CISL Working Paper No. 2006-02
13 Pages Posted: 20 Jan 2006
Date Written: January 2006
The potential loss of state stability in various parts of the world is a source of threat to U.S. national security. Every case is unique, but there are common processes. Accordingly, we develop a system dynamics model of state stability by representing the nature and dynamics of 'loads' generated by insurgency activities, on the one hand, and by articulating the core features of state resilience and its 'capacity' to withstand these 'loads', on the other. The problem is to determine and 'predict' when threats to stability override the resilience of the state and, more important, to anticipate propensities for 'tipping points', namely conditions under which small changes in anti-regime activity can generate major disruptions. On this basis, we then identify appropriate actionable mitigation factors to decrease the likelihood of 'tipping' and enhance prospects for stability.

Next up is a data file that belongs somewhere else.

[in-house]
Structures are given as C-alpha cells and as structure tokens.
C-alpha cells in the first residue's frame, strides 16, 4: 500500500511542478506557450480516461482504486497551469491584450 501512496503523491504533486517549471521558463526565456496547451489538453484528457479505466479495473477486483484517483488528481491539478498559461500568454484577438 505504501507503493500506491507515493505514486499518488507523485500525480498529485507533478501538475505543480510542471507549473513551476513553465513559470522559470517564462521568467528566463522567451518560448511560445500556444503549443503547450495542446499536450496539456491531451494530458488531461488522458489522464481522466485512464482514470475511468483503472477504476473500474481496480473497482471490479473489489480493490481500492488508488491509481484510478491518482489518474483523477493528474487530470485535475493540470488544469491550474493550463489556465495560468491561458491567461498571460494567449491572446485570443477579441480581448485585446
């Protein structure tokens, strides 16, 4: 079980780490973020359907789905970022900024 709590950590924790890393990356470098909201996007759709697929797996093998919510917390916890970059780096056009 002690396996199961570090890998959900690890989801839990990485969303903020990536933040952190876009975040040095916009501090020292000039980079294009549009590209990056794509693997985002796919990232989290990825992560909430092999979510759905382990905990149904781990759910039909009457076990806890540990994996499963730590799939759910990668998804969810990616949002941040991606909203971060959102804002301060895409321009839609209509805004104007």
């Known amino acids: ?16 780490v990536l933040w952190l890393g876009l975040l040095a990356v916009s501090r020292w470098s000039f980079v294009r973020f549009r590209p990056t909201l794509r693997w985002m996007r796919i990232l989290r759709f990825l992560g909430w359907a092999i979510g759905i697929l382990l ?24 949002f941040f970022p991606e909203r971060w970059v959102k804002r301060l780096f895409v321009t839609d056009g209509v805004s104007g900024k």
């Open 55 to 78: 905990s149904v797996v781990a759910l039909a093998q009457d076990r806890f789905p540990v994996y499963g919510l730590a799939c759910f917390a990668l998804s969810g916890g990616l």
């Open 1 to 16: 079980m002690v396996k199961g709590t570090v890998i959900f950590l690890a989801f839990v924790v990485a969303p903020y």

Keywords: national security, state stability, system dynamics
Suggested Citation: Suggested Citation
Choucri, Nazli and Electris, Christi and Goldsmith, Daniel and Mistree, Dinsha and Morrison, J. Bradley and Siegel, Michael and Sweitzer-Hamilton, Margaret, Understanding & Modeling State Stability: Exploiting System Dynamics (January 2006). MIT Sloan Research Paper No. 4574-06; CISL Working Paper No. 2006-02. Available at SSRN: https://ssrn.com/abstract=876962 or http://dx.doi.org/10.2139/ssrn.876962